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The Internet exploded at around 12:50 p.m. ET on Saturday after Jamie Vardy — yes, Jamie Vardy — broke Ruud van Nistelrooy’s Premier League record for most consecutive games with a goal.

[ WATCH: The goal | The game — Leicester City vs. Manchester United ]

Yes, an Englishman is back atop the charts. An Englishman who was playing for Stocksbridge Park Steels, Halifax Town and Fleetwood Town before heading to Leicester.

He’s perhaps the reminder, as Rio Ferdinand Tweeted below, that the most unlikely of scenarios is still not impossible.

Well done @vardy7! You're number one now and you deserved it. #11inarow.

A photo posted by Ruud van Nistelrooy (@rvnistelrooy) on

VIDEO: Vardy sets Premier League record, scores in 11-straight games

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He did it. He actually did it.

Jamie Vardy made Premier League history on Saturday, scoring for the 11th consecutive game to become the first player in history to achieve that magnificent feat.

[ MORE: Twitter reacts to Vardy ]

Tied with Manchester United legend Ruud van Nistelrooy heading into Leicester’s clash against United on Saturday, it took Vardy just 24 minutes to set the new record as Christian Fuchs played a delicate ball in-behind United’s defense and Vardy did the rest.

[ MORE: Can Vardy, Leicester achieve unthinkable? ]

Watch the video below to see the King Power Stadium erupt as a truly memorable moment arrived.

Now, the next record for Vardy to break is from the 1931-32 English top-flight season, before the PL was formed. Sheffield United’s Jimmy Dunne scored in 12-straight games way back then.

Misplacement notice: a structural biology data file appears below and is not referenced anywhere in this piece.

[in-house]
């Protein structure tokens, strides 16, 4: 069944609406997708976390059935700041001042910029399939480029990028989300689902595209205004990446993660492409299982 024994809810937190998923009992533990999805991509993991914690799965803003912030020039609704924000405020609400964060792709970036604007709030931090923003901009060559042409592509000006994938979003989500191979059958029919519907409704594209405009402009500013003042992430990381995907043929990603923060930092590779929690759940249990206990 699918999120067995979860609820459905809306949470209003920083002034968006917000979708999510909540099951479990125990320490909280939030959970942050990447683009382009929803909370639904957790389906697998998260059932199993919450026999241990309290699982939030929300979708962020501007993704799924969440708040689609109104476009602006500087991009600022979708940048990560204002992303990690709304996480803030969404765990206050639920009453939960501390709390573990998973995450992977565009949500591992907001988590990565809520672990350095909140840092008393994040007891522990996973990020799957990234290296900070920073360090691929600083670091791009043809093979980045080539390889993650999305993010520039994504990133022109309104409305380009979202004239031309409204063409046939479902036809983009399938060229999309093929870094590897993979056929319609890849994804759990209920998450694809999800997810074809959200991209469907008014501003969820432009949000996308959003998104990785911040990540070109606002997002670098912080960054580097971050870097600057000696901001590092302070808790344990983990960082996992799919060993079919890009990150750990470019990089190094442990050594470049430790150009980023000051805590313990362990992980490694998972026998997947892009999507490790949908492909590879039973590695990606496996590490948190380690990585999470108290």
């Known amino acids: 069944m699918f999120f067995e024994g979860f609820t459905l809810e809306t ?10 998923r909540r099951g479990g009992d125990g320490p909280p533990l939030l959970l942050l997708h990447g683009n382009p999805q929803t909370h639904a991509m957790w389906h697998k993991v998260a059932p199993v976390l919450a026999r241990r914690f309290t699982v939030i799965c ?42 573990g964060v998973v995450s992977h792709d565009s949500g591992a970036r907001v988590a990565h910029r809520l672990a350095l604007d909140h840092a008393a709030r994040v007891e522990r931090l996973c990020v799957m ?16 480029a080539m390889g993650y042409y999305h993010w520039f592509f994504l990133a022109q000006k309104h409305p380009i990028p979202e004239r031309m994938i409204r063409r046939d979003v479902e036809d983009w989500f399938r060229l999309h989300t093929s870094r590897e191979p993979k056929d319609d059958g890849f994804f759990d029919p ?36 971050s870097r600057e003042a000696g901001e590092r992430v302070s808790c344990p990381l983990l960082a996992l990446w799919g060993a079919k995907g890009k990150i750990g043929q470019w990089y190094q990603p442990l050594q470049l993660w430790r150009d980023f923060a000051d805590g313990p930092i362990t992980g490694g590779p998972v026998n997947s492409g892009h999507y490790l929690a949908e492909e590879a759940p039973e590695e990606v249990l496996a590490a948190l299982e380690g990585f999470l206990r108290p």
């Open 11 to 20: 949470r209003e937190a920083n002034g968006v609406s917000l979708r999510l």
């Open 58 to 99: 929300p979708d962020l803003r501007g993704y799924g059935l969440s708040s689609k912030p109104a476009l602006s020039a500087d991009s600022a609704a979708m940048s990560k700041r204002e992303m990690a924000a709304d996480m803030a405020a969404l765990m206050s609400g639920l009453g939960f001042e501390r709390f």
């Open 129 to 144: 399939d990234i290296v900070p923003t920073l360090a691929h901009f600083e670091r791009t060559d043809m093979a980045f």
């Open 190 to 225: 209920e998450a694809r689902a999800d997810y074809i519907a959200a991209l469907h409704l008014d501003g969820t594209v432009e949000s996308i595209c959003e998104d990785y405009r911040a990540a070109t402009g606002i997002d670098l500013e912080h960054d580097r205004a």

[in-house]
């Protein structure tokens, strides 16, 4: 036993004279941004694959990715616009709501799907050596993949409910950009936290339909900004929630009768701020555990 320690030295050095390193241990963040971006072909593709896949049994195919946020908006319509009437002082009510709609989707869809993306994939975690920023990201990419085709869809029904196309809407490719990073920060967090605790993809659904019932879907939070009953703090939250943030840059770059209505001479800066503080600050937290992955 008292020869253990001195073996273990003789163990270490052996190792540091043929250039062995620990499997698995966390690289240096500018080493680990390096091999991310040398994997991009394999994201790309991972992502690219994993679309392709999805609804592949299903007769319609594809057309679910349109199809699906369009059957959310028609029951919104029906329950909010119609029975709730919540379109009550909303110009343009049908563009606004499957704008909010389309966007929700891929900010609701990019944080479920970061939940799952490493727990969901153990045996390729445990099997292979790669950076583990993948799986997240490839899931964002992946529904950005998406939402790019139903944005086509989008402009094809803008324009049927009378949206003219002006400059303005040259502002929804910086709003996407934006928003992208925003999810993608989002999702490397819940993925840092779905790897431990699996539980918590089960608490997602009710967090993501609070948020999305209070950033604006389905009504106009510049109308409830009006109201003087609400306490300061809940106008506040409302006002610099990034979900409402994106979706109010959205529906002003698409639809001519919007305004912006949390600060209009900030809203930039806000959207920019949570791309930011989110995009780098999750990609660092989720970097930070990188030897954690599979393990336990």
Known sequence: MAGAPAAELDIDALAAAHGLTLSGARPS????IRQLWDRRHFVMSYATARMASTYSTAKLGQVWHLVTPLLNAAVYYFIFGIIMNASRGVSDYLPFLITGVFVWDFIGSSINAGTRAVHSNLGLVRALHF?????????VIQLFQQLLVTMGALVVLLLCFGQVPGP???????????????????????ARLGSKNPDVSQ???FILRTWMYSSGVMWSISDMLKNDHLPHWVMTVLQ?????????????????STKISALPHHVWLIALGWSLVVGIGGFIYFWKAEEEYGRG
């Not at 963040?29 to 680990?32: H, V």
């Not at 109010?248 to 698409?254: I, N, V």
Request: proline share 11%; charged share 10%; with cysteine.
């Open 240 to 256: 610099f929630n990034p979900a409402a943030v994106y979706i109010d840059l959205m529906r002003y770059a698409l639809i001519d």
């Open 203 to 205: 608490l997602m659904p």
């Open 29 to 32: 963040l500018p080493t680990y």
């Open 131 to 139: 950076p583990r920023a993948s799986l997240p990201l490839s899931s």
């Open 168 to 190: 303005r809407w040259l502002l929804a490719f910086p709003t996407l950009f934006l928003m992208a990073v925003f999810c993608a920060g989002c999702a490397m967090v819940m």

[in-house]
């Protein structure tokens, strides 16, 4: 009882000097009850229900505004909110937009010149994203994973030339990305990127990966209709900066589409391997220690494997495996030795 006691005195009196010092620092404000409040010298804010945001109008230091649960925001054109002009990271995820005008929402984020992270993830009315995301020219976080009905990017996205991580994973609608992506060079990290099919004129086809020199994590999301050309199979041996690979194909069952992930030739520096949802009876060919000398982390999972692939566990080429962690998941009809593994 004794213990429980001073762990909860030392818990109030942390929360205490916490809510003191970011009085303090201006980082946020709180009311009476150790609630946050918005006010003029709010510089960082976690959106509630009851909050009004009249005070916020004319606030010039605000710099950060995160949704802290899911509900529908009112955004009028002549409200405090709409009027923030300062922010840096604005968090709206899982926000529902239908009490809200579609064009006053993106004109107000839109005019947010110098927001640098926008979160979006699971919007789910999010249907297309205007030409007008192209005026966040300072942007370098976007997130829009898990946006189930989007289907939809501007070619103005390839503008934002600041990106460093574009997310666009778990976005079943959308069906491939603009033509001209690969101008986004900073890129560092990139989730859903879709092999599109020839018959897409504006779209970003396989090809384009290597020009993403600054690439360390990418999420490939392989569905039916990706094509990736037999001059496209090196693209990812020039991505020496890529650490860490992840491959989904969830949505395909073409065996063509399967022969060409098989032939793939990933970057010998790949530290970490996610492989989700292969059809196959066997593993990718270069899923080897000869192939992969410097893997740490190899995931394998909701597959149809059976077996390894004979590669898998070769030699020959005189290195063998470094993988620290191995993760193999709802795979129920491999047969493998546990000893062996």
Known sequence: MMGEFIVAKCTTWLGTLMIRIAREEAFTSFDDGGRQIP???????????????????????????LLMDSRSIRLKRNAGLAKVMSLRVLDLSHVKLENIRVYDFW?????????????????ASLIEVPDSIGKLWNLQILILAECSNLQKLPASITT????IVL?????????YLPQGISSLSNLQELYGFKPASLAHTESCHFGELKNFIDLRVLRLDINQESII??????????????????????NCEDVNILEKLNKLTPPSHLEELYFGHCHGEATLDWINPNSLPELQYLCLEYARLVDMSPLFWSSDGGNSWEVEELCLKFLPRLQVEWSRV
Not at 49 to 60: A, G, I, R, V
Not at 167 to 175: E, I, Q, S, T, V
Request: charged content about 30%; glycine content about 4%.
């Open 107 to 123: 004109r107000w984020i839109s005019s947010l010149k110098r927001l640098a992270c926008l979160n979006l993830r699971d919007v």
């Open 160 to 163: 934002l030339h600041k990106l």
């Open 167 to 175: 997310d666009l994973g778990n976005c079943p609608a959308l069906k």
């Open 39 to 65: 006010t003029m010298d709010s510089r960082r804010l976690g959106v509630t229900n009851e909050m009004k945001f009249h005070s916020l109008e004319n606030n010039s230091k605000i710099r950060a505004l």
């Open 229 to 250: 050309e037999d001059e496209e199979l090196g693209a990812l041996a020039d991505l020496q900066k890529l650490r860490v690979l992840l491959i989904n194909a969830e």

Anyway, congratulations Mr. Vardy for making PL history.

WATCH: Insane finish as Everton, Bournemouth trade stoppage time goals

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This was an all-timer.

Bournemouth came back from a 2-0 halftime deficit only to watch Ross Barkley hand Everton a one-goal lead with a score in the final minute of stoppage time.

[ MATCH RECAP: Bournemouth 3-3 Everton ]

But after fans were cleared from the field, Junior Stanislas provided the dramatic answer for Bournemouth to force a 3-3 draw at Dean Court.

Pardew: “I don’t want to say a lot about” Newcastle after thumping his old employer

LIVERPOOL, ENGLAND - NOVEMBER 08:  Alan Pardew, Manager of Crystal Palace celebrates towards the fans following the Barclays Premier League match between Liverpool and Crystal Palace at Anfield on November 8, 2015 in Liverpool, England.  (Photo by Alex Livesey/Getty Images)
Photo by Alex Livesey/Getty Images
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Crystal Palace boss Alan Pardew tried hard not to throw shade on his former side, or at least put in a post-match press conference that choked down his passive aggression.

The Eagles thumped Newcastle United 5-1 on Saturday at Selhurst Park behind braces from Yannick Bolasie and James McArthur, as well as a tally from Wilfried Zaha.

[ MATCH RECAP: Crystal Palace 5-1 Newcastle United ]

And the former Newcastle boss held back, mostly, from further embarrassing his old side, instead heralding the starring role of former Sunderland forward Connor Wickham, who put in a Team of the Week performance despite not scoring himself.

“We caused problems everywhere,” Pardew said. “Connor Wickham gave a centre forward’s performance we always hoped he would. We were irresistible today.”

“We are sixth in the division because we are a good team, it was not about the opposition today. I have a lot of friends and family at Newcastle but I don’t want to say a lot about them because I get criticised whatever I say.”

Newcastle, for its part, was mostly useless after scoring early on a classy chip pass from Daryl Janmaat to Papiss Cisse. Could Steve McClaren be fired after just 14 games in charge? Newcastle’s 19th place status says it wouldn’t be unfair.

And after losing to Sunderland last week, Pardew doubled-down on his status as a Newcastle plague in the Northeast.